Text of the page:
However, there are some systems that defy this notion. Consider a living cell, which consists mostly of carbon, hydrogen, and oxygen along with other trace elements. We can study these components individually without ever imagining how combining them in just the right way can lead to something as complex and wonderful as a living organism! Thus, we can consider life to be an emergent property of what is essentially an accumulation of constituent parts that are somehow organized in a very precise way.
This course lets you explore the concept of emergence using examples from materials science, mathematics, biology, physics, and neuroscience to illustrate how ordinary components when brought together can collectively yield unexpected, surprising behaviors.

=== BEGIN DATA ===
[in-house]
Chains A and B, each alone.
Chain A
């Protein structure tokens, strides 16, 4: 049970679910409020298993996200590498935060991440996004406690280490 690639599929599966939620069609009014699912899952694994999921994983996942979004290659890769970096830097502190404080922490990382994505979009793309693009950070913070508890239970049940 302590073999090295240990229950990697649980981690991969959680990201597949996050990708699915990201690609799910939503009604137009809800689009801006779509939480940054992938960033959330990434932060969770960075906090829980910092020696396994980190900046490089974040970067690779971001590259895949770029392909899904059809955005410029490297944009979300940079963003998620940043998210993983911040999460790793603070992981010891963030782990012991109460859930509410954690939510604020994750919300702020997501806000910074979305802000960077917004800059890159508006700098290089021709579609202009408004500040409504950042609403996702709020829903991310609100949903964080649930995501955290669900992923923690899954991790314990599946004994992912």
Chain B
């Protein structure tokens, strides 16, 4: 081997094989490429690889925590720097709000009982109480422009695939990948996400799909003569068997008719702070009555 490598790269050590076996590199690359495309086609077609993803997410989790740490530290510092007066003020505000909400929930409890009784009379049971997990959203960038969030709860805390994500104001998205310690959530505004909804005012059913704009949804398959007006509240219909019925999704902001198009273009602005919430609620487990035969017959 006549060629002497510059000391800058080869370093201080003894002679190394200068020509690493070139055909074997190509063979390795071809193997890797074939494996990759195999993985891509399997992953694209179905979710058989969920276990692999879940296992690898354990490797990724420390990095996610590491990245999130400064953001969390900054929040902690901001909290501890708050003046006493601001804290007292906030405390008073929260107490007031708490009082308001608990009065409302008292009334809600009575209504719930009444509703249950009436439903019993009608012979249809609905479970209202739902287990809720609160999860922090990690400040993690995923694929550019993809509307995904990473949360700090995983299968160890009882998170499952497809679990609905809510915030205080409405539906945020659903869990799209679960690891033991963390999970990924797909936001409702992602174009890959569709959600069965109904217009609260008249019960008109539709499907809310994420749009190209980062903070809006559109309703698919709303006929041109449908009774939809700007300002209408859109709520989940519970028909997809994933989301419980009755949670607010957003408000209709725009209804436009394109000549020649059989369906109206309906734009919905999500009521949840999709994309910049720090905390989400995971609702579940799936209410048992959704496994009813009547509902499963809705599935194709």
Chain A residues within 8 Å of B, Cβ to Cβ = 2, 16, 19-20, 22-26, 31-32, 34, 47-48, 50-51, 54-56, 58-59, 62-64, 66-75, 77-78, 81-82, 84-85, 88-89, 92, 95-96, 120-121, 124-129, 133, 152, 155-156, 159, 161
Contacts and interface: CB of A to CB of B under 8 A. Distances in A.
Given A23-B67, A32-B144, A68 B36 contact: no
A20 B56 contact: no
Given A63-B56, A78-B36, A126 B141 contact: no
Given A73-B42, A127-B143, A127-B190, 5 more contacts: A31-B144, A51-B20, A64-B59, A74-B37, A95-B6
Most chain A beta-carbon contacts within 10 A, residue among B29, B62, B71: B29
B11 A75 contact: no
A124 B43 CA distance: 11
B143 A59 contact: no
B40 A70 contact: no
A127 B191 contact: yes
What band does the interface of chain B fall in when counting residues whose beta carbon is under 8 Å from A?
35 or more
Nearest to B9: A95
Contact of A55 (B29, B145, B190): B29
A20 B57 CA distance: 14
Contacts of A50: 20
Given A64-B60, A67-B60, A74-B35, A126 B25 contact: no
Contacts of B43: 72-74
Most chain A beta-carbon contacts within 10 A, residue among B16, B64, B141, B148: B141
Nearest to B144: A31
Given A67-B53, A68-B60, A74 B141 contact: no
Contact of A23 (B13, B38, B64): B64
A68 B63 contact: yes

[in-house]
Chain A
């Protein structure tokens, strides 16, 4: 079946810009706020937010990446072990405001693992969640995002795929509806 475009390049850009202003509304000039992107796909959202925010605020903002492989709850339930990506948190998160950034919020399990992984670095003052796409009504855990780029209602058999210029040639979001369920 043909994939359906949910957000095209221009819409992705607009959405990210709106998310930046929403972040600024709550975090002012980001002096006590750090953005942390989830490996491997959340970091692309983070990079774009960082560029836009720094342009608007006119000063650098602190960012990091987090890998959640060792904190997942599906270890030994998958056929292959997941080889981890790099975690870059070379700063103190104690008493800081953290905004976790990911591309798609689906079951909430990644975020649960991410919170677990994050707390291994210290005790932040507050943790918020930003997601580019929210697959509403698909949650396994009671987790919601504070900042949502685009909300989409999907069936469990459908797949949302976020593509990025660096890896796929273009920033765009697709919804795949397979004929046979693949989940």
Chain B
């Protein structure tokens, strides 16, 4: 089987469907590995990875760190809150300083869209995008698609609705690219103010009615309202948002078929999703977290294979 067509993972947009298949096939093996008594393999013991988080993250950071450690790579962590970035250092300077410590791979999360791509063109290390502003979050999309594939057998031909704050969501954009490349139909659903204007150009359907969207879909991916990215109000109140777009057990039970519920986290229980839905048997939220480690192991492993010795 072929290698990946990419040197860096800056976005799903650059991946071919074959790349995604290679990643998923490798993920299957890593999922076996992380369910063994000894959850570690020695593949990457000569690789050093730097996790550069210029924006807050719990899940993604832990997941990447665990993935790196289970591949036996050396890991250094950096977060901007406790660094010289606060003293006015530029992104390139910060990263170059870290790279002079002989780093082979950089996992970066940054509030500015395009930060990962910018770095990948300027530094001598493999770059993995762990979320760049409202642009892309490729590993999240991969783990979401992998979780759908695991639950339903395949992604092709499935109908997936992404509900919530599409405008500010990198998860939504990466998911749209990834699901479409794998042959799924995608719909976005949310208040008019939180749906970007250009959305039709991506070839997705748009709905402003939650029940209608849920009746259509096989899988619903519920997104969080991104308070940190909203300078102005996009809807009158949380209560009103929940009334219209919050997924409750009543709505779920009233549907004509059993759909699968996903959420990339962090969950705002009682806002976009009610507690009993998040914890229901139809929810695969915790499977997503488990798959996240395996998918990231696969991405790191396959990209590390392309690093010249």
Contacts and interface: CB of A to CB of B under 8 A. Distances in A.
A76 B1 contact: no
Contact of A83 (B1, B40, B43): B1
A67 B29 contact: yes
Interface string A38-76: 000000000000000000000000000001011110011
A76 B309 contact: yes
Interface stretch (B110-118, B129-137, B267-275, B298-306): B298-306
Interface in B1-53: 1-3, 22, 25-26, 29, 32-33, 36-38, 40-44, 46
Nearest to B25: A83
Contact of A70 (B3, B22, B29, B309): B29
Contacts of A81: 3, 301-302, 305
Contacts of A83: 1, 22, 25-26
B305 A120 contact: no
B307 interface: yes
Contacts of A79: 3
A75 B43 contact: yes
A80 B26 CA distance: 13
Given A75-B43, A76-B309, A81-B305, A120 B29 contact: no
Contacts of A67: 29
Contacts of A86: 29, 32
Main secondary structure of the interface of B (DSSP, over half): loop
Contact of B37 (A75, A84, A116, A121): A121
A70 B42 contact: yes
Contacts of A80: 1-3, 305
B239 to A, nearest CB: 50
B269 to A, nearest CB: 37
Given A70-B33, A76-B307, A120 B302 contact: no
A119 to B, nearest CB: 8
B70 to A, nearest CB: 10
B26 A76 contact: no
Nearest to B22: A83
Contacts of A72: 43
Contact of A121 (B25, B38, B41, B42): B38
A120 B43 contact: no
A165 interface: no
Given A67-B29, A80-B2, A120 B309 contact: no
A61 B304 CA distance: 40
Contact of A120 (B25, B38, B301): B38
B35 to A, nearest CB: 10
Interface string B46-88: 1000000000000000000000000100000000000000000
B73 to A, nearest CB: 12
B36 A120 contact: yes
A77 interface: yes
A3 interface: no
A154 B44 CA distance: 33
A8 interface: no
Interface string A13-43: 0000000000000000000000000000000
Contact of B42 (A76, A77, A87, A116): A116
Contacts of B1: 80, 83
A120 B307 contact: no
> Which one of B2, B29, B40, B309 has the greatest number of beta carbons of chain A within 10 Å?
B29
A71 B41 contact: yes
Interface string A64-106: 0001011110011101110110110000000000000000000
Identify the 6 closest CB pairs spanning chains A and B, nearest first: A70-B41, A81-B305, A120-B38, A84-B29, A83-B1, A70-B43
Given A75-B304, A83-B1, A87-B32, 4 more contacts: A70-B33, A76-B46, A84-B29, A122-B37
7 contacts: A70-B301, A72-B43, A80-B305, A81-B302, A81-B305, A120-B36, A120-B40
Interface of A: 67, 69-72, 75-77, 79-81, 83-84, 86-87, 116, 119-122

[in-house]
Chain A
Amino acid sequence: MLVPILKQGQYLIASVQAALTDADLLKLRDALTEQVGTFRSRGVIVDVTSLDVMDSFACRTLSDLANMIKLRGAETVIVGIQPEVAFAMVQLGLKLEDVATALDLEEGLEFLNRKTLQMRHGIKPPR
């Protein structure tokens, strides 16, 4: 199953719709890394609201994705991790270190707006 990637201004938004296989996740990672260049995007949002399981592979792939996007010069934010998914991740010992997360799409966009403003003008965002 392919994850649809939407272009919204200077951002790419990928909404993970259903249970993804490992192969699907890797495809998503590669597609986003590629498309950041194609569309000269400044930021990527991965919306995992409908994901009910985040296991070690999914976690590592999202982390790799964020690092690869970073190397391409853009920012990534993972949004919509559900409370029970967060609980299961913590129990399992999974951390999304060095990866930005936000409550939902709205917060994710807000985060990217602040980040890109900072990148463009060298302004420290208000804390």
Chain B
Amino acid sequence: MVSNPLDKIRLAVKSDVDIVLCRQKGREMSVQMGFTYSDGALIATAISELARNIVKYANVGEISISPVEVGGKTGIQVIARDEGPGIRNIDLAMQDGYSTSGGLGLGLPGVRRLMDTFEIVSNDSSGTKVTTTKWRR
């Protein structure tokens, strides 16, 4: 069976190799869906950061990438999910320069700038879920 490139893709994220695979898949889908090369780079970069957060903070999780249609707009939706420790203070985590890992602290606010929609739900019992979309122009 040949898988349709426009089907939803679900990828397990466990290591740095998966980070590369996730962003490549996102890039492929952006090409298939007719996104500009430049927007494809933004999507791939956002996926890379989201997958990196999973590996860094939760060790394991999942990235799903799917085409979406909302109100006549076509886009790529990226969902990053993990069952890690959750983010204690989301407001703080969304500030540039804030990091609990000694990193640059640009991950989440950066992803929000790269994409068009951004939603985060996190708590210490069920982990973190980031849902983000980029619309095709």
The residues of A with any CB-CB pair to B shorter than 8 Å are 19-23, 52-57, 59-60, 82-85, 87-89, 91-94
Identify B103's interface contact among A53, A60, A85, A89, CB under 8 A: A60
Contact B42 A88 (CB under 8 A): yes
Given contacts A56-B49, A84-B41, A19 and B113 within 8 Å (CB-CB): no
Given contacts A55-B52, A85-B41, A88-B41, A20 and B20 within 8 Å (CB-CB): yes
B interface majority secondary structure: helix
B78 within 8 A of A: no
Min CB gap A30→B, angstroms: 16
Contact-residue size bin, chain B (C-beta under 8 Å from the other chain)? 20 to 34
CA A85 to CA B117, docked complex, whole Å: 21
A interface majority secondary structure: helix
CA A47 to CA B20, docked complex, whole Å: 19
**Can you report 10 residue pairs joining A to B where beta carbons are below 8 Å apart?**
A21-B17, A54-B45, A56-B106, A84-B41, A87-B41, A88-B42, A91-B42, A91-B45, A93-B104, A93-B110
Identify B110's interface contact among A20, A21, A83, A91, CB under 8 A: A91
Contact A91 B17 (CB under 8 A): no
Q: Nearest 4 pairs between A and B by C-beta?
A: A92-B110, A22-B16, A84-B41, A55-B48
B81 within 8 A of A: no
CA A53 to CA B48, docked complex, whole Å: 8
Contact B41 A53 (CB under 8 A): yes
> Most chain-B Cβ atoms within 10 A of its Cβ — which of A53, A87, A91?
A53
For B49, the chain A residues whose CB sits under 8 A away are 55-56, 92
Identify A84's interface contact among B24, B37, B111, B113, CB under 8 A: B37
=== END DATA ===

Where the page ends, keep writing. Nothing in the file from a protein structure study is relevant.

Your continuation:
Note: The fractal image (Sierpinkski Triangle) depicted on the course home page was generated by a software application called XaoS 3.4, which is distributed by the Free Software Foundation under a GNU General Public License.
Upon completing this course, you will be able to:
1. Explain the difference in assumptions between an emergent versus reductive approach to science.
2. Explain why the reductivist approach is understood by many to be inadequate as a means of describing and predicting complex systems.
3. Describe how the length scale used to examine a phenomenon can contribute to how you analyze and understand it.
4. Explain why the search for general principles that explain emergent phenomena make them an active locus of scientific investigation.
5. Discuss examples of emergent phenomena and explain why they are classified as emergent.